I just got through watching Cinderella Man featuring Russell Crowe and Renee Zellweger. Mr. Crowe plays James Braddock, a light heavyweight boxer whose best days appeared to be behind him. The story takes place in New York, New York and parts of New Jersey during the Great Depression. Economically speaking it was probably the worst time in United States history. Like most people during the time Mr. Braddock has hit hard times. He stands in soup lines. He begs from his friends. His health suffers. The last fight he had was so appalling that the promoter, Jimmy Johnston played by Bruce McGill, didn’t even bother to pay him for his performance. Unable to pay the electric bill the lights get turned off. Unable to pay any bills his children go hungry. Mr. Braddock tries to work on the docks unloading pallets but with his hand injured he’s in danger of falling behind schedule and being fired.
His hand heels, but he is still struggling like most of his peers. One day Mr. Braddock’s old boxing manager, Joe Gould played by Paul Giamatti, comes knocking on his door. A fight is scheduled to take place the very next night and one of the boxers can’t make it. They need a last minute replacement. Mr. Braddock doesn’t hesitate and despite the very long odds and absolutely no training he knocks his opponent out. This is the break he’s been waiting for. The victory sets him up for another fight. Mr. Braddock has a string of victories and gets a shot at the champ Max Baer, played by Craig Bierko. During the press conference for the fight James Braddock tells the reporters and photographers something similar like, “We live in a great country, the type of country that will help a man when he is down.” It’s not an exact quote but close enough. And truer words were never spoken.
We do live in a great country that will help a man when he is down. The only problem is that this country doesn’t help every man when he is down on his luck or most men when they are down on their luck. When Mr. Braddock went down to the docks for work there would be hundreds of applicants for each vacancy that needed filling. The American economic system of capitalism is setup to help only one or a few and discard the many. We are constantly hearing rhetoric like pull yourself up by your bootstraps and such. Get good grades and you’ll be a winner. Hard work will eventually be rewarded. But if every kid in grade school got straight As from now until they graduated from college, there’s only going to be so many openings for attorneys, so many openings for doctors, so many openings for engineers, managers, and such. The rest will have to settle for jobs as clerks, cashiers, tellers, janitors, dishwashers, drivers, and such. And even then there will only be so many jobs available. It is a fact of life that a certain amount of unemployment is necessary to keep salaries in check and to keep a good sized pool of replacement talent at the ready when industry comes calling.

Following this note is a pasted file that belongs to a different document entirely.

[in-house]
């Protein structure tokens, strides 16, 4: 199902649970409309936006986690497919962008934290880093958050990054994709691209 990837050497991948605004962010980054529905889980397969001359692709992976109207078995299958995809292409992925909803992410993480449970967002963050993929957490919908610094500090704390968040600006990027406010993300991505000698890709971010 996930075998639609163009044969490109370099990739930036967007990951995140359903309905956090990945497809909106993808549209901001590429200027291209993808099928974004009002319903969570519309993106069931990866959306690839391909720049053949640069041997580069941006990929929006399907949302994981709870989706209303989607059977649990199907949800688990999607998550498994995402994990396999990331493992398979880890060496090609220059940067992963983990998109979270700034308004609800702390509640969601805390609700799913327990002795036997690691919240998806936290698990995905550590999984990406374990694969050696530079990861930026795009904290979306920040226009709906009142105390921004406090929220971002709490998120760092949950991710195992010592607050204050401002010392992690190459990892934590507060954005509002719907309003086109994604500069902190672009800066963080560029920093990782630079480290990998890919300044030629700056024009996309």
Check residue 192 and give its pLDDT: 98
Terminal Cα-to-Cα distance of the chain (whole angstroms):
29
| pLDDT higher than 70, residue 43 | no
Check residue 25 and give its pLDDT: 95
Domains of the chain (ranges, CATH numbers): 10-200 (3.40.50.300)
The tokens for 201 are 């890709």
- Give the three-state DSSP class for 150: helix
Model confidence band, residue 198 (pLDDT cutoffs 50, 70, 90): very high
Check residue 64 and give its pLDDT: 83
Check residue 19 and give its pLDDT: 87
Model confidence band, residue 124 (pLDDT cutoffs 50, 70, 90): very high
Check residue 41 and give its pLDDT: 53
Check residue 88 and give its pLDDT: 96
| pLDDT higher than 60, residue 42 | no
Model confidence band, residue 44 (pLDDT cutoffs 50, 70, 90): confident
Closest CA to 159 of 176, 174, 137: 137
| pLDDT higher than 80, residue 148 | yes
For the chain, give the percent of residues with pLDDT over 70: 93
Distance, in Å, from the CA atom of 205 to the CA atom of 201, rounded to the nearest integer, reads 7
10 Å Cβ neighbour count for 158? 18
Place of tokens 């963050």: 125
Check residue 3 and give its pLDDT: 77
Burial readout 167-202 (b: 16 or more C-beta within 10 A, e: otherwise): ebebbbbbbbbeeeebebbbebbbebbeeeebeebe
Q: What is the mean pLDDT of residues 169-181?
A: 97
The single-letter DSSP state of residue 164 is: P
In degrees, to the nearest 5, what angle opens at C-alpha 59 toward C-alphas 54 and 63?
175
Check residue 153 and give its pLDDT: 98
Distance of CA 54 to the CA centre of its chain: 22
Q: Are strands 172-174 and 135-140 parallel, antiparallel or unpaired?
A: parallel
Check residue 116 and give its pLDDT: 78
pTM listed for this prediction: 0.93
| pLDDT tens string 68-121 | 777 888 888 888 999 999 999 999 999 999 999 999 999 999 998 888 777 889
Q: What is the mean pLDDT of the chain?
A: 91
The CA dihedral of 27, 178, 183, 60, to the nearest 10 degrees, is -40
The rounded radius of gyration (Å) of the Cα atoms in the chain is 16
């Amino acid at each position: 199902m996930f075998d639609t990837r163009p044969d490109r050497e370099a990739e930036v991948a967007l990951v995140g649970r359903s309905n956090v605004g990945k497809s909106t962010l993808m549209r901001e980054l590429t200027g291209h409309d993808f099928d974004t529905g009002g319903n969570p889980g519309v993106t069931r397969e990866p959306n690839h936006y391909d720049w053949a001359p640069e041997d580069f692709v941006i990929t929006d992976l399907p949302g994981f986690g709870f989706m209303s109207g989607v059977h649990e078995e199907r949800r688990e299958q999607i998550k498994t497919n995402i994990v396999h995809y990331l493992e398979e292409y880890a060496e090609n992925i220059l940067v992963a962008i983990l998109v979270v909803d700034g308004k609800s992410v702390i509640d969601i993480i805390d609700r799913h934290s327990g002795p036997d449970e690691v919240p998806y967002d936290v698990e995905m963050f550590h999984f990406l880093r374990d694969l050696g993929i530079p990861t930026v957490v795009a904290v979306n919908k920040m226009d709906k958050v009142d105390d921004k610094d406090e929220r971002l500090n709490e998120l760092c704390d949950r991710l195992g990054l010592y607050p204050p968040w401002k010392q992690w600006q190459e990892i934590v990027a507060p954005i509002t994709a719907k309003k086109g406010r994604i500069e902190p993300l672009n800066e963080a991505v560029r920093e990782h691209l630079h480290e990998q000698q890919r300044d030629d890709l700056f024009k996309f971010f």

For almost any given job opening there will be a multitude of candidates. The employer nearly always has the advantage and their pick of the litter. The only time the candidate has the advantage and a multitude of opportunities to pick from is when unemployment rates have hit rock bottom or when a candidate has gained notoriety and they can capitalize on their fame.
Notoriety is a particularly skewing perception. It’s kind of like when a puppy falls down a storm drain. The networks will broadcast live reports of the dog’s condition coast to coast. The fire department will use the jaws of life and Caterpillar’s most powerful back hoe to break open concrete to rescue the pup. Once rescued people from across the country and their grandma will inquire about adopting that particular dog. But tons of dogs in pounds across America go to their death everyday because no one wants them even though they may be smart enough not to get trapped in a storm drain.
People like to accuse people who criticize the system as lazy looking for a handout. I don’t know if they say this because they actually believe this well worn rhetoric or if they are just so full of revulsion for the message that something is wrong that they are quick to say anything hateful to make the people down on their luck appear unworthy or undeserving or selfish or someone unwilling to work or unwilling to do what is necessary to get and maintain a job. But this couldn’t be further from the truth. Yes it is true that the unemployed and many of the employed but struggling need help. There are people with degrees with phenomenal grades. There are people with years of experience. For whatever reason all they need is an opportunity to do a job. Unfortunately, these people have to compete in a job market full of other people who are looking for a job. It appears that the only way anybody is going to get an opportunity is if something happens to someone else. Like vultures swooping in on the fresh carcass of road kill people will do their best to reap the benefit of someone else’s misfortune.
Until then, like James Braddock, people may have to stoop to begging on the street until they can find that one opportunity that will get them back on their feet. Hopefully, someone will break their leg soon so I can have a job. We live in a great country, the type of country that will help a man when he is down. Unfortunately, that help up that I need is likely to come at the expense of somebody else slipping downward into hard times.